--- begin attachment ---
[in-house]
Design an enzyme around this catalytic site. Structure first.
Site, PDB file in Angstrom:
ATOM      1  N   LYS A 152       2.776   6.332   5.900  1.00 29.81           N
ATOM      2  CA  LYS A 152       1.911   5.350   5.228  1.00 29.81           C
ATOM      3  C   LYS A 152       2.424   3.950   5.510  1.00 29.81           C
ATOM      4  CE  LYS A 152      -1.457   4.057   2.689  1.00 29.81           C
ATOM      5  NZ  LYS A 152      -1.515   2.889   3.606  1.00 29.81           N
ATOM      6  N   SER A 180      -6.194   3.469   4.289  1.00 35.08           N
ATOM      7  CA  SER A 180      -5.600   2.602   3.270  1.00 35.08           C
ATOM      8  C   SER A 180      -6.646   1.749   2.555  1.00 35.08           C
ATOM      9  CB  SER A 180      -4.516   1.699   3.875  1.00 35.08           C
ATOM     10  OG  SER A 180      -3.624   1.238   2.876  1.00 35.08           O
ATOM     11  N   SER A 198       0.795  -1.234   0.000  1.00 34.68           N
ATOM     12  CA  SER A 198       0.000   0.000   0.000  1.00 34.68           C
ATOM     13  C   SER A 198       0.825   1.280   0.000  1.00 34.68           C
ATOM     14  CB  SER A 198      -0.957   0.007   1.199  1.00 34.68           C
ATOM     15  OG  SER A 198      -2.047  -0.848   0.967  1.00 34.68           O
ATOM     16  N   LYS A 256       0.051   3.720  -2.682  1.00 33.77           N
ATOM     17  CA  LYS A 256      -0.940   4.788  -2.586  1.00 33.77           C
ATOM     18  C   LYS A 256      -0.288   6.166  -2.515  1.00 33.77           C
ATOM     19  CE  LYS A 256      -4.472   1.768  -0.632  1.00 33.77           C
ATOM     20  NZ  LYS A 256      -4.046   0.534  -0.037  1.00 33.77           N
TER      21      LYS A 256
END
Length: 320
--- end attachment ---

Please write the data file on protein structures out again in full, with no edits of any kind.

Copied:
[in-house]
Design an enzyme around this catalytic site. Structure first.
Site, PDB file in Angstrom:
ATOM      1  N   LYS A 152       2.776   6.332   5.900  1.00 29.81           N
ATOM      2  CA  LYS A 152       1.911   5.350   5.228  1.00 29.81           C
ATOM      3  C   LYS A 152       2.424   3.950   5.510  1.00 29.81           C
ATOM      4  CE  LYS A 152      -1.457   4.057   2.689  1.00 29.81           C
ATOM      5  NZ  LYS A 152      -1.515   2.889   3.606  1.00 29.81           N
ATOM      6  N   SER A 180      -6.194   3.469   4.289  1.00 35.08           N
ATOM      7  CA  SER A 180      -5.600   2.602   3.270  1.00 35.08           C
ATOM      8  C   SER A 180      -6.646   1.749   2.555  1.00 35.08           C
ATOM      9  CB  SER A 180      -4.516   1.699   3.875  1.00 35.08           C
ATOM     10  OG  SER A 180      -3.624   1.238   2.876  1.00 35.08           O
ATOM     11  N   SER A 198       0.795  -1.234   0.000  1.00 34.68           N
ATOM     12  CA  SER A 198       0.000   0.000   0.000  1.00 34.68           C
ATOM     13  C   SER A 198       0.825   1.280   0.000  1.00 34.68           C
ATOM     14  CB  SER A 198      -0.957   0.007   1.199  1.00 34.68           C
ATOM     15  OG  SER A 198      -2.047  -0.848   0.967  1.00 34.68           O
ATOM     16  N   LYS A 256       0.051   3.720  -2.682  1.00 33.77           N
ATOM     17  CA  LYS A 256      -0.940   4.788  -2.586  1.00 33.77           C
ATOM     18  C   LYS A 256      -0.288   6.166  -2.515  1.00 33.77           C
ATOM     19  CE  LYS A 256      -4.472   1.768  -0.632  1.00 33.77           C
ATOM     20  NZ  LYS A 256      -4.046   0.534  -0.037  1.00 33.77           N
TER      21      LYS A 256
END
Length: 320